I work in cybersecurity; I’m actually a professional hacker. I get paid to hack into organizations' and companies’ systems, and then tell them how I got in and how they can fix those problems, so that an actual bad actor who isn’t being hired with permission can’t get in next time. And I’m an MPS parent, I have a kid in high school in Minneapolis Public Schools.

Let’s take a linear approach, and start with when there were the first murmurs or signs that something was absolutely not right.

The first thing I heard about this was that parent-teacher conferences were supposed to be on February 21, and we got a late-night email the night before saying that they had to be rescheduled because of what, at the time, they were referring to as an IT failure. I had some educator friends who immediately started referring to it as a hack. They said systems weren’t working, they were having trouble getting into the buildings, accessing grade books...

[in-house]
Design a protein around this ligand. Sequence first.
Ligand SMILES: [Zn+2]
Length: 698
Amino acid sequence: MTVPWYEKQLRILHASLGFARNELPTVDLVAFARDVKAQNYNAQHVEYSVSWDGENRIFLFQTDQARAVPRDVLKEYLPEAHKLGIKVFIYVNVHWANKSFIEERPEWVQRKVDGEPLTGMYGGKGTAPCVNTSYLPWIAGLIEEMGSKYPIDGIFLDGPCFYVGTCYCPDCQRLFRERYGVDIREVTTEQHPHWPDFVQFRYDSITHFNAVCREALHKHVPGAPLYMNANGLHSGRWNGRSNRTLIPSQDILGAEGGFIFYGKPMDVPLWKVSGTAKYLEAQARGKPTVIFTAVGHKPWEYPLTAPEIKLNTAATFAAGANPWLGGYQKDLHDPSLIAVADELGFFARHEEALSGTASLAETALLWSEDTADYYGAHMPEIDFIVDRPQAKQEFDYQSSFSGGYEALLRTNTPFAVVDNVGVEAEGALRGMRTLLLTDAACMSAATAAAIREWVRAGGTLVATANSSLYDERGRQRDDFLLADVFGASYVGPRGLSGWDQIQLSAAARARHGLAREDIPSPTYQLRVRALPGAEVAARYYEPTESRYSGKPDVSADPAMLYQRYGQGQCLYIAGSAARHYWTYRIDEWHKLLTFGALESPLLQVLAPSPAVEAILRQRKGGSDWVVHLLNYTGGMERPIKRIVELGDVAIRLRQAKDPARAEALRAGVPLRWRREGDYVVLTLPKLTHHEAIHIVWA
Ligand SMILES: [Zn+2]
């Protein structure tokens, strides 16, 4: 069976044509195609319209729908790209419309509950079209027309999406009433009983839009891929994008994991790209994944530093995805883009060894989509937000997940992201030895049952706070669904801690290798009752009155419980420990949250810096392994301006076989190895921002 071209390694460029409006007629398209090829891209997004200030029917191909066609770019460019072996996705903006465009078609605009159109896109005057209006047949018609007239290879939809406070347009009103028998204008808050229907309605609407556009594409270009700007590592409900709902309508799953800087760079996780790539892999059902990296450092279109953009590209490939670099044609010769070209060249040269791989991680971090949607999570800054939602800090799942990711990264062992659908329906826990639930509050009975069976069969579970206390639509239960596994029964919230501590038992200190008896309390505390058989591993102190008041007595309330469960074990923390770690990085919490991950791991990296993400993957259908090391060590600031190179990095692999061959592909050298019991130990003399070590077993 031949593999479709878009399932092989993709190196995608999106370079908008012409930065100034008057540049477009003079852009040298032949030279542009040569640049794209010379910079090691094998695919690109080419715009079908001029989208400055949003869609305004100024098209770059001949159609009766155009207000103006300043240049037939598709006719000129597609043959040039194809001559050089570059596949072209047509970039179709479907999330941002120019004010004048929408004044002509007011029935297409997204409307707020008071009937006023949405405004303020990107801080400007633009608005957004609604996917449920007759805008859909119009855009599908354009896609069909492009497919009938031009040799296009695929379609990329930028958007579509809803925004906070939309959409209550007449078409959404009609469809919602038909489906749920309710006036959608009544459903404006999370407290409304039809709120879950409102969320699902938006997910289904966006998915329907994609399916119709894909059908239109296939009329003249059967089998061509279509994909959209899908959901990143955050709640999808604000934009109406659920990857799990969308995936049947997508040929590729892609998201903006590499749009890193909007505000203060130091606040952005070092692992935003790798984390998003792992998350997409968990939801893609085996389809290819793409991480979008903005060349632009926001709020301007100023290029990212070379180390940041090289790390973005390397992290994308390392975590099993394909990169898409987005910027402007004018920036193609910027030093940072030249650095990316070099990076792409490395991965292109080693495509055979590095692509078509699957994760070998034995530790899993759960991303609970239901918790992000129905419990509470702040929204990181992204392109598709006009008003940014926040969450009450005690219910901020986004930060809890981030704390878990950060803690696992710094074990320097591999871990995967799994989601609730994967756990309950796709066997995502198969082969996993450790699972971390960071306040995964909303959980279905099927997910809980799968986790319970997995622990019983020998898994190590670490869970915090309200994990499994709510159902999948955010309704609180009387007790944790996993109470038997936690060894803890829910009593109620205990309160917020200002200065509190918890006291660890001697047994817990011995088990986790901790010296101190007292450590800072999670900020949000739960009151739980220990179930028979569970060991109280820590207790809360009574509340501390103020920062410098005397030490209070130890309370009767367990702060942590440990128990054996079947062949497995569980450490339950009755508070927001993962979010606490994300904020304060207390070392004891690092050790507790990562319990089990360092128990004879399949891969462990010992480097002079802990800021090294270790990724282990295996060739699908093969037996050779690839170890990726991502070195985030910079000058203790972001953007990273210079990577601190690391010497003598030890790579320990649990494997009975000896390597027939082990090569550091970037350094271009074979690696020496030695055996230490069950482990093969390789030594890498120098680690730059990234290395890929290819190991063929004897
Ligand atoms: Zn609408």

Because I’m familiar with this stuff, it sounded immediately like it was a ransomware attack. That was the week before the big snowstorms, so the kids weren’t in school that week. The teachers, though, were saying that they couldn't do e-learning that week, since they couldn’t get into their systems. Which was, ya know, a little odd, but MPS wasn’t saying anything about it. They then put out a communication saying it was an “encryption event”—

Wait, what does that even mean? 

Absolutely nothing! That phrase was widely mocked among people who work in cybersecurity. What they meant by that was ransomware. For some reason they’re not saying the word “ransomware.”

That seems so screamingly PR-conscious, to the point where you’re not actually telling people what’s going on.